There was once a shepherd boy who would play upon a wooden flute as he watched his sheep or sit and cut a new flute as they cropped the slopes. On mornings when the wind was still in the trees, before the muezzin lifted his voice in the call to morning prayer, the sound of the flute would echo down the hillside. From where he sat, the boy saw the ewes and their lambs drifting back and forth across the grass like the clouds in the skies above and from time to time he cast a glance above him to the treeline where mostly only the birds came and went. He also watched the valley below, the boats up and down the river, the road where the soldiers marched or the farmers came to market and the towers of the pasha’s palace that rose above the white-walled town. On some days he thought he could see the pasha’s daughter as she passed at a window.
The day came when a line of men with knives and guns marched out from the forest and spread themselves along the edges of the meadow, driving the sheep before them, snatching away the lambs. When the boy ran to stop them he was cuffed on the head and fell to the ground, then was tied by his wrists and taken. In the next days, in the forest, while the men ate the roasted meat of the lambs and passed bottles from hand to hand at their fires, he heard their talk and knew that these were the bandits who fought against the pasha’s soldiers. Some were dressed in sheep-skin, like him, some were dressed in farmers’ jackets and some in the broadcloth of the towns. One man wore eye-glasses to look at his maps and papers and the others listened when he talked.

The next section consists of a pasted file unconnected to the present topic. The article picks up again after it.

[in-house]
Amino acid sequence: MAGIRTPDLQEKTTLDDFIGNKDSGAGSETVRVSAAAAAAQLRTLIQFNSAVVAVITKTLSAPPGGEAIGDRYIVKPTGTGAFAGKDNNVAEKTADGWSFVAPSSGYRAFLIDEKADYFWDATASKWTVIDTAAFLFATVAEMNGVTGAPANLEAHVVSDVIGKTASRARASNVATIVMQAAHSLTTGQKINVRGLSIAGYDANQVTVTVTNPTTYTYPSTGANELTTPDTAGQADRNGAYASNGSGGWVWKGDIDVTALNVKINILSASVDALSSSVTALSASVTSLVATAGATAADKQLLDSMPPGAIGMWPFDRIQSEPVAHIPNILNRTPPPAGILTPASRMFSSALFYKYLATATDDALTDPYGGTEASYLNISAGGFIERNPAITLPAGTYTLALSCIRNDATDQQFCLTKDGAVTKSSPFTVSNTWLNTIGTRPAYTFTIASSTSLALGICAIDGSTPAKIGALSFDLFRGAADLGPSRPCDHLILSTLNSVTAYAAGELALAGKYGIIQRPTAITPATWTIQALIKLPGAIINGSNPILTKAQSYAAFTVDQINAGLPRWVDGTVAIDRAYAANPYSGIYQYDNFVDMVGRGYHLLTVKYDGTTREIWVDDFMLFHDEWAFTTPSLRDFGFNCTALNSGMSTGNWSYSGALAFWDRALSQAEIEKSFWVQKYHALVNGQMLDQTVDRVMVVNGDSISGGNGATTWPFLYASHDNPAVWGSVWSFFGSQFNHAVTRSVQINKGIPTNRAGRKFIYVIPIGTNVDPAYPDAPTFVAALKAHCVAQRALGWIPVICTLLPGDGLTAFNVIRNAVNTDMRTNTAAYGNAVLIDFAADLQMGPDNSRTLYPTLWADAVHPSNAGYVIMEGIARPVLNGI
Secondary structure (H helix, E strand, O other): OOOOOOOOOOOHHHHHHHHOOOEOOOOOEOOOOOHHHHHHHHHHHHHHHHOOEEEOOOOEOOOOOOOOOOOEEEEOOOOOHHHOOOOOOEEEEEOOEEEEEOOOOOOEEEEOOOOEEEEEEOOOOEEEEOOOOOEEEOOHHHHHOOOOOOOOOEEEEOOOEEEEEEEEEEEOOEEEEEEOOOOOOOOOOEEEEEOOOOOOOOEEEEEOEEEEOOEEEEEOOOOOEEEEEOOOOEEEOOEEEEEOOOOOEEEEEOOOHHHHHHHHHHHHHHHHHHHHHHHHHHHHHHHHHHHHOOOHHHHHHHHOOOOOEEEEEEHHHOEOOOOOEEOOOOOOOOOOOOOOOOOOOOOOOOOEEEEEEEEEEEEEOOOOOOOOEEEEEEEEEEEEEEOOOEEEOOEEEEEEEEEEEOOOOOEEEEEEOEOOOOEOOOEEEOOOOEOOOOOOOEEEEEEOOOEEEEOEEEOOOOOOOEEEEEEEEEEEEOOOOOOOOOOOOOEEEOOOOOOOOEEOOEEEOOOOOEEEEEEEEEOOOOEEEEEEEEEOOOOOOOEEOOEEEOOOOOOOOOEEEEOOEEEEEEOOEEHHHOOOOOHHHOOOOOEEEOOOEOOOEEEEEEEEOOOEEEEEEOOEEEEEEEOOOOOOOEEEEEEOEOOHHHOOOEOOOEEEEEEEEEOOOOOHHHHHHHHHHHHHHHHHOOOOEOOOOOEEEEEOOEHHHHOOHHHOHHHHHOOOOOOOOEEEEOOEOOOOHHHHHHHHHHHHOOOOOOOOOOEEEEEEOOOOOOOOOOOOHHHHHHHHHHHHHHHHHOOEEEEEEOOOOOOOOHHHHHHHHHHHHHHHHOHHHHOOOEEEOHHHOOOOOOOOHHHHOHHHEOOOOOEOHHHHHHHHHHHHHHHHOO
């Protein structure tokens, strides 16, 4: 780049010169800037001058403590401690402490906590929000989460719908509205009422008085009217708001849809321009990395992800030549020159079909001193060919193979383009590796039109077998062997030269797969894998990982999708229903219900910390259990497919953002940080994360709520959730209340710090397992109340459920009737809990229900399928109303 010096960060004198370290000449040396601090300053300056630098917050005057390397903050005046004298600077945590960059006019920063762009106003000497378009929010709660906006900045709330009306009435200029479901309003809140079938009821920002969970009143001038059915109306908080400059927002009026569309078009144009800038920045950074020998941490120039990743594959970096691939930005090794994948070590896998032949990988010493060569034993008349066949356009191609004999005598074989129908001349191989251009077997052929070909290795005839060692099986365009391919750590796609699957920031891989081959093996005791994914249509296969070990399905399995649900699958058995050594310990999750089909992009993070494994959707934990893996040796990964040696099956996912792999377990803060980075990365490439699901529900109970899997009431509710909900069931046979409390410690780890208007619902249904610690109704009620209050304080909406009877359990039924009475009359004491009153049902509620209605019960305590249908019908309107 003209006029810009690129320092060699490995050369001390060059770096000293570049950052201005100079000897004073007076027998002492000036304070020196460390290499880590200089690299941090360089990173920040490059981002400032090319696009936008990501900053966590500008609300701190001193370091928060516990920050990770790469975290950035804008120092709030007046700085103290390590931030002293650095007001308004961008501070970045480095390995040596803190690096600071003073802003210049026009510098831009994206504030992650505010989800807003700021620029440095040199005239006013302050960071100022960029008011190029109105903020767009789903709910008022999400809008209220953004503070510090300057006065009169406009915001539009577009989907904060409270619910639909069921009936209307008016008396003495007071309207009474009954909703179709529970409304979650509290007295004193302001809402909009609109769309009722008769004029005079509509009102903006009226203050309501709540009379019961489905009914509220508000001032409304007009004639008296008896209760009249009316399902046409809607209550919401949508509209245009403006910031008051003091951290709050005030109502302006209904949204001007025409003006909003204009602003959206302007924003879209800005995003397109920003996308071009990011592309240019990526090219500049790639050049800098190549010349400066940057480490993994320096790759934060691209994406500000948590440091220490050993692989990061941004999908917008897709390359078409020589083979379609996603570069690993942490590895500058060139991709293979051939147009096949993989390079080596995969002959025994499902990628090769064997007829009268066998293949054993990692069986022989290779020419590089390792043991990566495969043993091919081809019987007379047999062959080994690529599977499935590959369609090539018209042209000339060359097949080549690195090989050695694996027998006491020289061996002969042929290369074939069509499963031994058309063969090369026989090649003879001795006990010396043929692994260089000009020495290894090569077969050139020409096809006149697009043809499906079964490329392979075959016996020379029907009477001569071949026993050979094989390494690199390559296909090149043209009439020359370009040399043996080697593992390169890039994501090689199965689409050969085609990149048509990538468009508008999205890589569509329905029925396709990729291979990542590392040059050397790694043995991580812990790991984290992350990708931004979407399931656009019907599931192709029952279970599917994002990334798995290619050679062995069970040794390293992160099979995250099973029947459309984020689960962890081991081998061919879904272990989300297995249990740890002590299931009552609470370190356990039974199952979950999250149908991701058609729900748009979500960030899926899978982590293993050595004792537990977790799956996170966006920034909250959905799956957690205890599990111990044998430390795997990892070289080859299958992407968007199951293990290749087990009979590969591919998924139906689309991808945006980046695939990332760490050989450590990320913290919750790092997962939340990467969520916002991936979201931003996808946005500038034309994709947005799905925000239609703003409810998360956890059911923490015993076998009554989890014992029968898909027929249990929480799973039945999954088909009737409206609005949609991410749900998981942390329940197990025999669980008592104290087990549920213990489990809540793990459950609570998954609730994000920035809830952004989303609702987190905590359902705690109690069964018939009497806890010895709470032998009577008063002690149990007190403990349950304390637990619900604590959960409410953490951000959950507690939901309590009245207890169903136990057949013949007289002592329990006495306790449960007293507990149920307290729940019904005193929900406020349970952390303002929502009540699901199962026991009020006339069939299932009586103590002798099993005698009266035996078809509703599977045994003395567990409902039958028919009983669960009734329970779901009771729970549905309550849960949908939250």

Because the boy knew the mountain slopes and the forests, he was allowed to live, and because the man with the eye-glasses was killed by soldiers that winter, the young shepherd led the few bandits who were left. He put by his flute and learnt to shoot a gun, and thought of what he had watched from the hillside, and when two summers had passed his band was known by the soldiers, the farmers and the merchants whose boats they plundered. In the spring of the third year he entered the pasha’s palace at the head of his men. None in the palace were in any doubt as to who this man was, with his blood-boltered boots, the pistol at his waist and the fierce moustaches that swept down his shadowed face, nor in any doubt as to what he meant for them.
The pasha weighed up the choice between the strangler’s cord in the capital and some face-saving arrangement here in the province and suggested that young bandit marry his daughter. The girl spoke, saying that she could not marry the bandit chief. ‘Years ago, I used to look from the tower of my father’s palace to the hills above where a shepherd boy played songs of love and longing on his flute for me each morning; his face was as bright as the sun and as clear as the mountain stream. But one day I heard his flute no more, and never saw him again. I cannot marry a bandit while that boy still lives in my memory.’
The bandit chief glared at her for a long while and then said, “You may go, then, with your father, back to the capital and to whatever awaits you there. I will not force you for I, too, once had a love like that and I would not lose it for all the world.’
SAMUEL P. WILCOCKS. Wilcocks translates from Czech, German, Romanian and Slovene into English and lives in Giurgiu on the Danube with his family. He received the German Ambassador’s Award for Literary Translation (London) in 2010. His translation of Hugo Loetscher’s Noah and Dietmer Dath’s Die Abschaffung der Arten( The Abolition of Species) are forthcoming from Seagull Books (May and June 2012, respectively).